Andy Warhol’s picture of O.J. Simpson from 1977 that now shows ‘celebrity and tragedy’ is anticipated to bring up to $500,000 at auction
It was 1977, and Andy Warhol was at deal with his “Athletes” series, pictures of leading sports characters who, he felt, were acquiring cultural prominence similar to “the movie stars of yesterday.” One of them was then the star running back of the Buffalo Bills: O.J. Simpson.
Simpson, then 30, appeared without a football or a jersey, and Warhol needed to rush to discover a ball. That Polaroid shoot caused 11 silkscreen pictures; among them is now going on auction for the very first time.
Signed by both males, the picture is billed by the auction home as a work that combines 2 of the most identifiable names of the 20th century and records “a trajectory of celebrity and tragedy.”
“Warhol certainly could never have imagined how differently the image would come to be viewed, nor the controversy that still lingers around its subject today,” stated Robert Manley, co-head of 20th century and modern art at the Phillips auction home, which is auctioning the work May 16.
It was practically twenty years after Warhol’s image shoot, in 1995, that Simpson — who had actually retired from the NFL in 1979 and pursued an acting profession — was acquitted of the double slayings of his ex-wife, Nicole Brown Simpson, and her pal Ronald Goldman. He was later on discovered accountable for the deaths by a California civil court jury that bought him to pay $33.5 million to victims’ households.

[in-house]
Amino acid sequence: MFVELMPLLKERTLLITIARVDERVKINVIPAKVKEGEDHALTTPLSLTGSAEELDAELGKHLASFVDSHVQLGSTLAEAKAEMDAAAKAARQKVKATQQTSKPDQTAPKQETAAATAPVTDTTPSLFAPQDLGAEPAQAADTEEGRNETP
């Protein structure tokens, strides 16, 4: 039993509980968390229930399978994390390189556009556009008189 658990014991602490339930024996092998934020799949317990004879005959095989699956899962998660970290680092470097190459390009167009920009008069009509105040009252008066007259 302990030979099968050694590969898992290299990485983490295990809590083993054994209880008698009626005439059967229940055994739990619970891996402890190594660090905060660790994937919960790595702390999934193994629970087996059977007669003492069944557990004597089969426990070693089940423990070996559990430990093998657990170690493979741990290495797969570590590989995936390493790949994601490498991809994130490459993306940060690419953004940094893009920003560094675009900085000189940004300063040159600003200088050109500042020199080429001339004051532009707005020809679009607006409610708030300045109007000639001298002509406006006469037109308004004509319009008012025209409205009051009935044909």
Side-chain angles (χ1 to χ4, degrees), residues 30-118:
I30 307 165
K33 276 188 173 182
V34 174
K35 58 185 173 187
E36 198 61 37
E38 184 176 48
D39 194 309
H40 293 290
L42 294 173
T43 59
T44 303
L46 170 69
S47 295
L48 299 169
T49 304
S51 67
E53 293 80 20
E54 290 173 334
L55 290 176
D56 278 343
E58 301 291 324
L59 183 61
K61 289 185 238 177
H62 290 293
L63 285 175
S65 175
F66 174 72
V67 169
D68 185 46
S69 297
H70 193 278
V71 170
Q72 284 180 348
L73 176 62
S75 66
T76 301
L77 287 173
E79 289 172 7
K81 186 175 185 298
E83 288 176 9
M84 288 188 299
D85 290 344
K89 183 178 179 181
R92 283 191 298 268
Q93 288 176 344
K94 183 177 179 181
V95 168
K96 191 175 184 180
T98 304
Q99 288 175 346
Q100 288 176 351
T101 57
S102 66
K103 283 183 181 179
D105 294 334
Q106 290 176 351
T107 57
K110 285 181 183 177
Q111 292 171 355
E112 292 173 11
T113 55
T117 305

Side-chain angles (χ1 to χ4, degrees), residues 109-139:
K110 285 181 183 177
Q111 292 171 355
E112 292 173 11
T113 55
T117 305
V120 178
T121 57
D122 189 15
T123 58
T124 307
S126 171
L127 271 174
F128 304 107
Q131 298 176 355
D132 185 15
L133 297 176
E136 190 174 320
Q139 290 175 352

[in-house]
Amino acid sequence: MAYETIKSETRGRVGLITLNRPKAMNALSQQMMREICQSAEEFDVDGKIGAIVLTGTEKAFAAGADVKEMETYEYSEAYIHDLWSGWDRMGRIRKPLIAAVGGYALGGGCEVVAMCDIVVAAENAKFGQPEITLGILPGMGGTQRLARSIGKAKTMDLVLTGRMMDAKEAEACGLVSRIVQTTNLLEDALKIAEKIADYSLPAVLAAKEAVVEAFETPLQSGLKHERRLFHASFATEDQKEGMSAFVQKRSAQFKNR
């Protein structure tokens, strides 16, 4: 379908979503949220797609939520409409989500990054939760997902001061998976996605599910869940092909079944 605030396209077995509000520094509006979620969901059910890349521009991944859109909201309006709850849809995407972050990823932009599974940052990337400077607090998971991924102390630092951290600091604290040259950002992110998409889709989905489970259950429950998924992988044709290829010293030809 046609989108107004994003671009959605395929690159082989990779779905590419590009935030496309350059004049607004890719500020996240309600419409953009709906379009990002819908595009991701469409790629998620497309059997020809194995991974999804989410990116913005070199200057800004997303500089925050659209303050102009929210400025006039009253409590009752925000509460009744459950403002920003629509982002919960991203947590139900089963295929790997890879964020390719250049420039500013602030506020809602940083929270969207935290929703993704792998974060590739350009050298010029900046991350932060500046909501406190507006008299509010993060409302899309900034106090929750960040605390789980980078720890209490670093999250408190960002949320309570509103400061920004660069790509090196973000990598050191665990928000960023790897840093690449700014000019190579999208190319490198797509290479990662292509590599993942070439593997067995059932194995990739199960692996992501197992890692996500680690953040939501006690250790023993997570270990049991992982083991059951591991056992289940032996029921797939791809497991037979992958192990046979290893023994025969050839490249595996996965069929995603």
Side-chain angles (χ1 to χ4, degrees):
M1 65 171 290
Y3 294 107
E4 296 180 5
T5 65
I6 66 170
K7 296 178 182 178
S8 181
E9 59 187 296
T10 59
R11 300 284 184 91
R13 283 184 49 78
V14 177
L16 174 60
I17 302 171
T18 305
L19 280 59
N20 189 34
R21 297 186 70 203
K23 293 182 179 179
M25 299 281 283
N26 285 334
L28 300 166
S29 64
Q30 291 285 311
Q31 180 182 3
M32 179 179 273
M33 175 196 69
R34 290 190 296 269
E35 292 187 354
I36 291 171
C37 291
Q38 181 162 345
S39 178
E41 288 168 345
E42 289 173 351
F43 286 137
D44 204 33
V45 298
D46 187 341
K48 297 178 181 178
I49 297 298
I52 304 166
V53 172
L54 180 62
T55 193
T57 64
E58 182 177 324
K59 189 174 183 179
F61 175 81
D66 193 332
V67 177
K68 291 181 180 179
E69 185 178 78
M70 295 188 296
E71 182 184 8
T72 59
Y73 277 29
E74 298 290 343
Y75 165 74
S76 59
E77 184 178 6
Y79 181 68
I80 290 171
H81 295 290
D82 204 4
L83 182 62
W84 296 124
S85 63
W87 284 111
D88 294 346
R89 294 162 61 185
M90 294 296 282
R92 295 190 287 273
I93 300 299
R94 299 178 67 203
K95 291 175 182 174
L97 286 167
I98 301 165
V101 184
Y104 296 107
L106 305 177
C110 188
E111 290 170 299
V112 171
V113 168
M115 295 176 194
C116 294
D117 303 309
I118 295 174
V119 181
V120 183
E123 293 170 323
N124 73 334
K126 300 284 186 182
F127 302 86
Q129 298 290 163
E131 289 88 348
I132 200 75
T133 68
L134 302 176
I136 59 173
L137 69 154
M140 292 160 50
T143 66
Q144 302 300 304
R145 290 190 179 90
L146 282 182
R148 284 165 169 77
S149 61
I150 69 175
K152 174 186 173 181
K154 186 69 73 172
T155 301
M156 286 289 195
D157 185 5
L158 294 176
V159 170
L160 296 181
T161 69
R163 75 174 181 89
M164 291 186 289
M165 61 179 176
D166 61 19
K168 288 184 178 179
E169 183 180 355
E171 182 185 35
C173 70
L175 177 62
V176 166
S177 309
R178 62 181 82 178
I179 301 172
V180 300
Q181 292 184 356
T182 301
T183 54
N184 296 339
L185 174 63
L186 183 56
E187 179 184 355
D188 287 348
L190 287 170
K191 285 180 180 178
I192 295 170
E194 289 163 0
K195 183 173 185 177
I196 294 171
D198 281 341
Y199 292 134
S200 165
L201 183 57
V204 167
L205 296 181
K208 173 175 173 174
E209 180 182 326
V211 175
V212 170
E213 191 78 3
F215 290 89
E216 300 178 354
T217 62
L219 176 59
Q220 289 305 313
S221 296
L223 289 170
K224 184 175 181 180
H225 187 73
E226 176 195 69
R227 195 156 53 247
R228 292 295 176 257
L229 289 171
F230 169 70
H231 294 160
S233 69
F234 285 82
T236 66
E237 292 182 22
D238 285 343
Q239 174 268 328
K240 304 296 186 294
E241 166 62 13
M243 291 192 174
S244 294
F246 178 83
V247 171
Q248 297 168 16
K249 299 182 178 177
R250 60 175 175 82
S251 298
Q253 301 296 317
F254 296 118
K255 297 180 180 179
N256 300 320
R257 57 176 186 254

In a different case more than a years later on, Simpson was founded guilty by a jury in Las Vegas for leading 5 males, consisting of 2 with weapons, in a 2007 conflict with 2 sports antiques dealerships in a confined space at an off-strip Las Vegas gambling establishment hotel. Simpson served 9 years in a Nevada jail for heist. He was released from parole in December 2021.
Manley kept in mind that 5 years after Warhol made it, the picture still stimulates a strong response.
“Those who view the image of Simpson staring directly down the camera are likely to recall the other notorious picture of the celebrity — his mugshot,” Manley stated. “Juxtaposing these two images, created at such different points in Simpson’s life, shows a fascinating trajectory of celebrity and tragedy.”
Commissioned as part of the more comprehensive “Athletes” series that consisted of Muhammad Ali, soccer star Pelé, tennis star Chris Evert, golf’s Jack Nicklaus and figure skater Dorothy Hamill, to name a few, by Warhol pal and collector Richard Weisman, this specific picture invested 19 years at the Pro Football Hall of Fame in Canton, Ohio, where it was contributed in 1992 and, according to a representative there, never ever showed.
In 2011, it was deaccessioned — or completely eliminated from the collection — and offered to a confidential collector in a personal sale through Christie’s, with earnings going to money conservation of other products in the hall’s collection, stated hall representative Rich Desrosiers. Phillips approximates the picture will offer in the $300,000 to $500,000 variety. As with any of the professional athletes in the series, Simpson would not have existing rights to earnings, the auction home stated.
The greatest cost attained at auction for among Warhol’s Simpson pictures was $687,000, offered in 2019.
Warhol photographed Simpson in Buffalo on Oct. 19, 1977. According to the auction brochure, a quote from Warhol’s journal that day checks out, “He had a five-day beard and I thought the pictures would be awful.” Warhol passed away in 1987 at age 58.
The work will be on show and tell May 6-15 in New York prior to being auctioned.